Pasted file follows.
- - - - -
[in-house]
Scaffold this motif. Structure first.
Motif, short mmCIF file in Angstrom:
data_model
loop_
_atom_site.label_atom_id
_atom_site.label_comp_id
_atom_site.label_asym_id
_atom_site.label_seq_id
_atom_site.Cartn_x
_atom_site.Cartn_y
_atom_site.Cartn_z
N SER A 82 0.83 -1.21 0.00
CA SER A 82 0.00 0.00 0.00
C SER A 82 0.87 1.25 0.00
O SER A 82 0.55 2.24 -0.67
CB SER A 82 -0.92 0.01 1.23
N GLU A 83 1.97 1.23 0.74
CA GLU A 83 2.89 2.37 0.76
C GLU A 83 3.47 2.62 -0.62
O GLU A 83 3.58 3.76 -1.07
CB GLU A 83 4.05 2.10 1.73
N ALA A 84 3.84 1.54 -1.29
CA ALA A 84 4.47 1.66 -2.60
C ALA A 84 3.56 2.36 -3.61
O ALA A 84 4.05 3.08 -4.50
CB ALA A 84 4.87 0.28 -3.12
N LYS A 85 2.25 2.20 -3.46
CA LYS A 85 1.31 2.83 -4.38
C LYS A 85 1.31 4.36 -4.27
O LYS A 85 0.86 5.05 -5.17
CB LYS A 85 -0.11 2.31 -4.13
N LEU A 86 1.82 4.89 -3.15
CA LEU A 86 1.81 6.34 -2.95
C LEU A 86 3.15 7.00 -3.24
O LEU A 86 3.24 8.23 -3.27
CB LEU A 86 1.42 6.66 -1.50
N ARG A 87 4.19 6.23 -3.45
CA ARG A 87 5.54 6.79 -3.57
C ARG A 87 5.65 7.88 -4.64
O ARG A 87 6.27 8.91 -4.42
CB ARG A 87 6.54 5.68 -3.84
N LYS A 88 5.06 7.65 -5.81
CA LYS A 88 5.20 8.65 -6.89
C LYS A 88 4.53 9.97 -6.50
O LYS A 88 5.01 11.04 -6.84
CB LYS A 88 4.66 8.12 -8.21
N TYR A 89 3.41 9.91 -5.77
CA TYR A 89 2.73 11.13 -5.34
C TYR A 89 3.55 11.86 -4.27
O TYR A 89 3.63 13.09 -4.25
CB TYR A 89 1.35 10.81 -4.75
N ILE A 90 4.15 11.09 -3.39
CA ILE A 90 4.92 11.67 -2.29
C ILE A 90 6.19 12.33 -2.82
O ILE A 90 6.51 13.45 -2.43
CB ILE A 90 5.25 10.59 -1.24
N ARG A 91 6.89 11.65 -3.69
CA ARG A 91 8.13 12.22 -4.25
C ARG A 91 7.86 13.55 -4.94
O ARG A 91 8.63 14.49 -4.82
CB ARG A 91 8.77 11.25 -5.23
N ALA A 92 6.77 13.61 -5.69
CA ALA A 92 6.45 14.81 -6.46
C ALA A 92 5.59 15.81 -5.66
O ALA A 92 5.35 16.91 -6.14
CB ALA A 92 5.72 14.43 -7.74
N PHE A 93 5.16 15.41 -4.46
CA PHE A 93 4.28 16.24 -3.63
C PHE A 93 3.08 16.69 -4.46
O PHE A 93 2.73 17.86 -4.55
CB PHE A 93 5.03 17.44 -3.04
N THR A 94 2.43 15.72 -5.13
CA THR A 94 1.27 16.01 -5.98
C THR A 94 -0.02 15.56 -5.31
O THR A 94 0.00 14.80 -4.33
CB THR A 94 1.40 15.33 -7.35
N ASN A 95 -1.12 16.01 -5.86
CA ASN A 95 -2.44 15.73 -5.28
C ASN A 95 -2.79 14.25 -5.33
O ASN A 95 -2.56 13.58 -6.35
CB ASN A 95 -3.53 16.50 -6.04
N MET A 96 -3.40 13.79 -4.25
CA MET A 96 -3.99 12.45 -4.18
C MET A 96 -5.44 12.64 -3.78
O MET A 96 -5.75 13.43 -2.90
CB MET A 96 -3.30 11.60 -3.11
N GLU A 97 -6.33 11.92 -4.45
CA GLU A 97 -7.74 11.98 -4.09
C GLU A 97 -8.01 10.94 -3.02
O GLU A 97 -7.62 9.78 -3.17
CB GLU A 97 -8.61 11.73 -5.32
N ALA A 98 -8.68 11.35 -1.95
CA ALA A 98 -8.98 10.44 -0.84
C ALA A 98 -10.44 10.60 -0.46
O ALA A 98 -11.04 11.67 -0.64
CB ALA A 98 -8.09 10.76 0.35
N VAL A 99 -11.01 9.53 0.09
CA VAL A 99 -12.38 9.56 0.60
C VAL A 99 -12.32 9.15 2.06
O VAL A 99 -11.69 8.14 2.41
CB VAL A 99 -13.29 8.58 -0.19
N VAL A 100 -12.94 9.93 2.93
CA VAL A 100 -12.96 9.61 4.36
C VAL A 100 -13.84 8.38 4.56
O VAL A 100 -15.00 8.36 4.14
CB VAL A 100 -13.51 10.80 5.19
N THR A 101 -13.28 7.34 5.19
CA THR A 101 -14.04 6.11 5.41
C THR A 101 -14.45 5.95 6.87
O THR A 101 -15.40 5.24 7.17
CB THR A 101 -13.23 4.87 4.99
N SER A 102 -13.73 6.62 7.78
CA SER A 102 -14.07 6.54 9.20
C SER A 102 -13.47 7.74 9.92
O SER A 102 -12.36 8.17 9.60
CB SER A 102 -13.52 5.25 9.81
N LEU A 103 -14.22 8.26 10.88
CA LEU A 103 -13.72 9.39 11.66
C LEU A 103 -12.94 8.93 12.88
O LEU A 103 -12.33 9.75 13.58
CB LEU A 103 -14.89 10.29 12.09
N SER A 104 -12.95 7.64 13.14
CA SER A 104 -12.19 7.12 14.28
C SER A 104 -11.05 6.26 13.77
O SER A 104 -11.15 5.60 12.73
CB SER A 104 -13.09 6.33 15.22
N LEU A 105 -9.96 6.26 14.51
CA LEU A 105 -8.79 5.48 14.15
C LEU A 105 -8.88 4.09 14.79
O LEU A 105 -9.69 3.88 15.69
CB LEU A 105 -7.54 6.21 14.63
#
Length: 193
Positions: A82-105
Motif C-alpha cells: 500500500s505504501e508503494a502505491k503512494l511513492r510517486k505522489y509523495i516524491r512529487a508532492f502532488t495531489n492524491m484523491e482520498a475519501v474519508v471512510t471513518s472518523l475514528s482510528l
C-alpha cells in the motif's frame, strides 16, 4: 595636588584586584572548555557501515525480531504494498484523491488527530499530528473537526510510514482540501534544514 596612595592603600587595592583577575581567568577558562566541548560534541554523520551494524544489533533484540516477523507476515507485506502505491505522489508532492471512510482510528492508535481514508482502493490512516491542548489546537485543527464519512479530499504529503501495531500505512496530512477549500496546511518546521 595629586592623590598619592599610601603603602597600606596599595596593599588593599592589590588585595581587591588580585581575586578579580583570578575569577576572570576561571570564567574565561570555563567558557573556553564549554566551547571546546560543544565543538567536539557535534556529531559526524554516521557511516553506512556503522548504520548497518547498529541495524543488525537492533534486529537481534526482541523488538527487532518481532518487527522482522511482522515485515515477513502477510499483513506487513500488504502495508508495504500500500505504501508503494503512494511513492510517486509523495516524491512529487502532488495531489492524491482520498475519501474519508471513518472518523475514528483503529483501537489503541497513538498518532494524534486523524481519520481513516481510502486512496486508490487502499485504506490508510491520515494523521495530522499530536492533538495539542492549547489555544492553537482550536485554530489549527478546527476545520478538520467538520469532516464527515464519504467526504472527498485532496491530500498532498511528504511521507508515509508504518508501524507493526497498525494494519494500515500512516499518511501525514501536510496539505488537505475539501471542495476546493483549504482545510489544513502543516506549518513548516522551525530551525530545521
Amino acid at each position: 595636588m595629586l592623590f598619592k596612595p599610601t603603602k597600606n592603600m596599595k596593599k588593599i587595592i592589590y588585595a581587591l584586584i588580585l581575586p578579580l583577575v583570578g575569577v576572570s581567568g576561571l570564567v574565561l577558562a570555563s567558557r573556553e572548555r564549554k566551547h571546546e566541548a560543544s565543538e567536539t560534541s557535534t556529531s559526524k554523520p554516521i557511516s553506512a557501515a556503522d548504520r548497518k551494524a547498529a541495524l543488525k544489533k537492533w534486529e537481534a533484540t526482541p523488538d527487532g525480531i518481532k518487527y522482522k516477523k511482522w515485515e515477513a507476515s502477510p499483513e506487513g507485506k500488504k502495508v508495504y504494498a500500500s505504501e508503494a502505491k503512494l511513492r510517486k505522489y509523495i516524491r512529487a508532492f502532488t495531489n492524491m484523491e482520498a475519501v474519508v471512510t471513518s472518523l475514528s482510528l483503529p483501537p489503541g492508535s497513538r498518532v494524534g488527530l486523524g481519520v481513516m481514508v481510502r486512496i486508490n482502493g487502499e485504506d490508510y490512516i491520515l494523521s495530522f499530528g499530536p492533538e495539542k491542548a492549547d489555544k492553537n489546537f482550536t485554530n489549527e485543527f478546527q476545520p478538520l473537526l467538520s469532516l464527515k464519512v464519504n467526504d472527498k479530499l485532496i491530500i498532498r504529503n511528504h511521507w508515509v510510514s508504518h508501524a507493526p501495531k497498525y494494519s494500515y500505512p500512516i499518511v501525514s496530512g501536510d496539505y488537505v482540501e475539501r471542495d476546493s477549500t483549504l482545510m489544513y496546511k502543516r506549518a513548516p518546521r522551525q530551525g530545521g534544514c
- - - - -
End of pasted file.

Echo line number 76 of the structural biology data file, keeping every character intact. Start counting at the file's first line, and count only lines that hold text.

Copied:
O THR A 94 0.00 14.80 -4.33